The shareholders have the right to be treated equally with the other shareholders. They all should get equal treatment by the company[3]. The equality of the shareholders can be traced from two angles. One is equal treatment vis-à-vis company and other is vis-à-vis other shareholders. Equal treatment of shareholders can be best explained in relation to corporate distributions and re-organization shareholders may have many things in common but what is necessary to note here is whether same shareholders in the same situation are treated differently. In normal scenario the distribution occurs according to the shares held by shareholders. But the constitution of the company or articles of association may provide for different criteria to distinguish among shareholders. With respect to the treatment vis-a-vis the company is a limit on the power of the company to maintain the equilibrium among shareholders and not to adopt any scheme which goes against the interests of some of the shareholders placed in the same situation. With respect to treatment vis-a-vis other shareholders, all are to be treated in the same manner. OECD has laid down six principles of Corporate Governance and Equal treatment of shareholders forms one of those six principles. This places emphasis on the point that protection of minority shareholders is of utmost importance and it should be done in all fairness, whether shareholders are small or large, they would get equal treatment by law[4]. Equal treatment is with respect to the shareholders of the same class. So each share of same class will be entitled to get same rights, liabilities, responsibilities etc. this shows that differences among different classes should also be taken into consideration[5]. This is precisely the reason that controlling shareholders have more duties which are not borne by minority shareholders as the difference among different classes of share are recognized by the law. For example, right to vote, right to receive dividends are subjective depends upon the shares person holds, so equality is different, whereas certain rights like to receive information, to get notices, here equality assumes different perception. The principle of equality does not aim at giving minority shareholders the same treatment as the majority. As the weaker party in a company, minority shareholders only need an equitable and fair treatment protecting their rights as provided by law and the capital they have invested in the company.10 . Shareholders might have many things in common, but not all ofthese are relevant for company law and for the rule of equal treatment, so it isnecessary to establish whether different shareholders are in thesamesituationornot.Usually,thedistributivecriterionadoptedbycompanylawistheshareof legal capital held by shareholders, but the competent jurisdiction couldprovide for different criteria or allow the article of association to distinguishamong different classes of shares.By contrast, the equal treatment of shareholders vis-à-vis the company is alimit to the powers of company’s bodies, so its infringement might lead toannulment of a corporate decision or to sue the directors for damages 11 .Beingthis a duty burdened to behaviours and decisions of company’s bodies, thecompetent jurisdiction can admit exceptions under specific circumstances 12 .In addition, in all jurisdictions the question arises as to whether company’sdecisions that treat shareholders formally equal, but in reality affect themdifferently due to personal positions or interests of such shareholders, areencompassed by equality vis-à-vis the company or by other principles orfiduciary duties, such as the “abuse” of majority powers or the “fraud” on theminority. To sum up, each jurisdiction is free to shape autonomously thecontours of this principle. In addition, there is no shared view among legalscholars and among member states regarding the content of the principle ofequal treatment 13 . The former is the basic distributive principle upon which the relations amongshareholders are built, which answers the basic question “Equality ofwhat?” 10 . Shareholders might have many things in common, but not all ofthese are relevant for company law and for the rule of equal treatment, so it isnecessary to establish whether different shareholders are in thesamesituationornot.Usually,thedistributivecriterionadoptedbycompanylawistheshareof legal capital held by shareholders, but the competent jurisdiction couldprovide for different criteria or allow the article of association to distinguishamong different classes of shares.By contrast, the equal treatment of shareholders vis-à-vis the company is alimit to the powers of company’s bodies, so its infringement might lead toannulment of a corporate decision or to sue the directors for damages 11 .Beingthis a duty burdened to behaviours and decisions of company’s bodies, thecompetent jurisdiction can admit exceptions under specific circumstances 12 .In addition, in all jurisdictions the question arises as to whether company’sdecisions that treat shareholders formally equal, but in reality affect themdifferently due to personal positions or interests of such shareholders, areencompassed by equality vis-à-vis the company or by other principles orfiduciary duties, such as the “abuse” of majority powers or the “fraud” on theminority. To sum up, each jurisdiction is free to shape autonomously thecontours of this principle. In addition, there is no shared view among legalscholars and among member states regarding the content of the principle ofequal treatment 13 .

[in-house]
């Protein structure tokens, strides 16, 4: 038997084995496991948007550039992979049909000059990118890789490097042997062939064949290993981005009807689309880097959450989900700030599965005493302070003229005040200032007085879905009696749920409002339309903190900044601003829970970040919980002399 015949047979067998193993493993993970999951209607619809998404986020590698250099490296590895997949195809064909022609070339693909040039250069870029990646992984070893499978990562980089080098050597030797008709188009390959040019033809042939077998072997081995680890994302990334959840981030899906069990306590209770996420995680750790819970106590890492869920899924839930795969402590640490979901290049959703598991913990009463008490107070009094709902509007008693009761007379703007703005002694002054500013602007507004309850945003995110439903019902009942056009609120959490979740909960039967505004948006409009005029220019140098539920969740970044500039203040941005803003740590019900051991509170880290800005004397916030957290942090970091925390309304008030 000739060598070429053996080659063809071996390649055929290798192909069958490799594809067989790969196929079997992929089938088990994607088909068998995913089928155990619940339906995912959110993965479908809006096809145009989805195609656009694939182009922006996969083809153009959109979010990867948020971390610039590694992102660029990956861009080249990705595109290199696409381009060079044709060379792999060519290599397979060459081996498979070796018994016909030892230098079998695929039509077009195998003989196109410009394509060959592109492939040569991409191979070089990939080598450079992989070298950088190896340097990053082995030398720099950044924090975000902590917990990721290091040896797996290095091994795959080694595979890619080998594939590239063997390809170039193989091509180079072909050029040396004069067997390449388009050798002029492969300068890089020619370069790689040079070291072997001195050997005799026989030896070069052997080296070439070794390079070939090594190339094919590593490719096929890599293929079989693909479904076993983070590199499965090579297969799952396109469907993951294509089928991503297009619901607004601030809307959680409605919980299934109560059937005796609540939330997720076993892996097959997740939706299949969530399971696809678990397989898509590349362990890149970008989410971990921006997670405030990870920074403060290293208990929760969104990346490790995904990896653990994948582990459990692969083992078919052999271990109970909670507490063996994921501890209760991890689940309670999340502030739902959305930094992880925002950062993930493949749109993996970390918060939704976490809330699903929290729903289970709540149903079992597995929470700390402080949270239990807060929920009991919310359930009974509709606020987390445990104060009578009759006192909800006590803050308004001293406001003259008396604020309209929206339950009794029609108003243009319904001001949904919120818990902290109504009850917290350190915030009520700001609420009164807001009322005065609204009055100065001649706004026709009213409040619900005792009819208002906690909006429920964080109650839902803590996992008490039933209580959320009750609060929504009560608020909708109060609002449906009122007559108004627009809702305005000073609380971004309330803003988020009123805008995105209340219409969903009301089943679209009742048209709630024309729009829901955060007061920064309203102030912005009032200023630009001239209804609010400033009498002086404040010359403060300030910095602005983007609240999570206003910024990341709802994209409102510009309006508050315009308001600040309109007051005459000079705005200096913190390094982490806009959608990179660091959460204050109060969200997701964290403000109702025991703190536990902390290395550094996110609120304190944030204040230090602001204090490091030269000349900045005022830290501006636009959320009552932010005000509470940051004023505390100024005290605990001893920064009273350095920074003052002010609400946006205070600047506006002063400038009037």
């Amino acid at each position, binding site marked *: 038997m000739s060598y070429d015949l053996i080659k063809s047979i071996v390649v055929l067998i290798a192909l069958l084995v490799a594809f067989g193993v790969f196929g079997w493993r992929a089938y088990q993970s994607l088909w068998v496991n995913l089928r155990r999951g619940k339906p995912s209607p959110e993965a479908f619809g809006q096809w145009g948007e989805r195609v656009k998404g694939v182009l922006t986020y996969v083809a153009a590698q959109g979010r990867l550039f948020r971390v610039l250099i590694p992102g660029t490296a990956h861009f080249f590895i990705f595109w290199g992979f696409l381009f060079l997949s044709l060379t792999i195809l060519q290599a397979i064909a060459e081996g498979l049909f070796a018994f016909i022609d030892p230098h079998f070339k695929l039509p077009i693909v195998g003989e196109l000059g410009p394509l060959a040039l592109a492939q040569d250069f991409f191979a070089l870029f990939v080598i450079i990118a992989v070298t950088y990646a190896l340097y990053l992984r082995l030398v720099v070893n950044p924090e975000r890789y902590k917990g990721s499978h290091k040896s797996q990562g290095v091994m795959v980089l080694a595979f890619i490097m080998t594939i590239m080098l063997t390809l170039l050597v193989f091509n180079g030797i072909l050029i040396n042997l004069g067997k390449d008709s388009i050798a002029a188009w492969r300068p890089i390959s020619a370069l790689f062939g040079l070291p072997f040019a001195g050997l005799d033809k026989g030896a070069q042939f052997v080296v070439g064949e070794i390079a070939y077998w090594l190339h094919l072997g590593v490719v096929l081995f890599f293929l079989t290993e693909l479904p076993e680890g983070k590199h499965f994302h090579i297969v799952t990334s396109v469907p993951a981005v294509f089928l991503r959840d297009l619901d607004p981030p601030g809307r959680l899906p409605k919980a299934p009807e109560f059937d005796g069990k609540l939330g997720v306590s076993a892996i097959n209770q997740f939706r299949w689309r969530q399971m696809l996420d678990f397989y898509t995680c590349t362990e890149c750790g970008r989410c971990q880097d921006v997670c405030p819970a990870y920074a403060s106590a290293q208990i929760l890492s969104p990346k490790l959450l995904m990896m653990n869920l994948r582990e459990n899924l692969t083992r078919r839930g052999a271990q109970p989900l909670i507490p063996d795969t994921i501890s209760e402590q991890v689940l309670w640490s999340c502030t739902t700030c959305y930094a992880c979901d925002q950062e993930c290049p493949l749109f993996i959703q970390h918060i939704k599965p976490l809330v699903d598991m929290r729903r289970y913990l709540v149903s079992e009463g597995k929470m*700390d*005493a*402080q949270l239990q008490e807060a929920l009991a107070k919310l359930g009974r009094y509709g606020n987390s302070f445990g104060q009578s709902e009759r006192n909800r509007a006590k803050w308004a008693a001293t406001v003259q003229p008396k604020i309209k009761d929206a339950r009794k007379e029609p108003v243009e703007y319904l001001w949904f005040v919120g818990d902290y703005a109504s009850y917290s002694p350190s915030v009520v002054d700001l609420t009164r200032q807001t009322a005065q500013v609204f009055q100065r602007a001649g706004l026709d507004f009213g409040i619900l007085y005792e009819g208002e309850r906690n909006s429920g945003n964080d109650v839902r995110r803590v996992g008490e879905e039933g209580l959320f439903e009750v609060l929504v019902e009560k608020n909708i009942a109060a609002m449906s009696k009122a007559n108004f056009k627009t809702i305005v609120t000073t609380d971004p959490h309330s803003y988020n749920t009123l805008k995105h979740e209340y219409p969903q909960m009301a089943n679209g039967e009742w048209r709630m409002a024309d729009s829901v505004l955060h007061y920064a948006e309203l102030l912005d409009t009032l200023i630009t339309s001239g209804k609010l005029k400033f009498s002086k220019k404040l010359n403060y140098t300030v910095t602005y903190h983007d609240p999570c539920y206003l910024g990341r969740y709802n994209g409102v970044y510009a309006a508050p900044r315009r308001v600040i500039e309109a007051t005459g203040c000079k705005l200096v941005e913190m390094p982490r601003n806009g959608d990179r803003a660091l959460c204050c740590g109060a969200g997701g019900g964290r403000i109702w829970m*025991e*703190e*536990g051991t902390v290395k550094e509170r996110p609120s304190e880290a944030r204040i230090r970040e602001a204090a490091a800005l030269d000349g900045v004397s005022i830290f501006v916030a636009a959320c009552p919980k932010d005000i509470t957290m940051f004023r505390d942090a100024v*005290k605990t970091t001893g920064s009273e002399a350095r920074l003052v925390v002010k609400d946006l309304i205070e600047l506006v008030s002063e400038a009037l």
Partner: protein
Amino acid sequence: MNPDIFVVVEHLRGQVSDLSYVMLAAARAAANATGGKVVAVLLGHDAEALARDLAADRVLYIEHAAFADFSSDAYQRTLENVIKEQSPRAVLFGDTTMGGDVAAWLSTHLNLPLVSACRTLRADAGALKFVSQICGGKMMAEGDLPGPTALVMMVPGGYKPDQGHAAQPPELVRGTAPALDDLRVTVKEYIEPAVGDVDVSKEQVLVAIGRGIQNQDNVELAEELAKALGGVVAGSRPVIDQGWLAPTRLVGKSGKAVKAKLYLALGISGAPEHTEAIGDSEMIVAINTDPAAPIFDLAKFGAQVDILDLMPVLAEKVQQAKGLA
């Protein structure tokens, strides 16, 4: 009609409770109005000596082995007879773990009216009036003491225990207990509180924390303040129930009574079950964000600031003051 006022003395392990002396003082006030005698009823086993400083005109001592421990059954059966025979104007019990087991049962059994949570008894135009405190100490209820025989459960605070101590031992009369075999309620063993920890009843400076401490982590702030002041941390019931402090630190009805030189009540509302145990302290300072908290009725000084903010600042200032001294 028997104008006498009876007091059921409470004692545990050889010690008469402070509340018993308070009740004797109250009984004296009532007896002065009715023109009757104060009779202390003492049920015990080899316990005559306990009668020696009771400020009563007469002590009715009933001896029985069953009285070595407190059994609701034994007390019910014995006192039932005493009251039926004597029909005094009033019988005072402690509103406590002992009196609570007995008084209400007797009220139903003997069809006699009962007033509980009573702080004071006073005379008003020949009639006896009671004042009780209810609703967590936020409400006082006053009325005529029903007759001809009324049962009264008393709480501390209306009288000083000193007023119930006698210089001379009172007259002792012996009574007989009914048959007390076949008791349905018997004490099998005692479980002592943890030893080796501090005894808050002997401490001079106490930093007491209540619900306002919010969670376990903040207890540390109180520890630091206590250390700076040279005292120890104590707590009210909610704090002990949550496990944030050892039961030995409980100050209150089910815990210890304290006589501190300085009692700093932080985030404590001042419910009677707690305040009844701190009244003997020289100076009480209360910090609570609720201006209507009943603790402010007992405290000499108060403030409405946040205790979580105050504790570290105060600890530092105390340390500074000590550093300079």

1. The shareholders should get same rights within each class.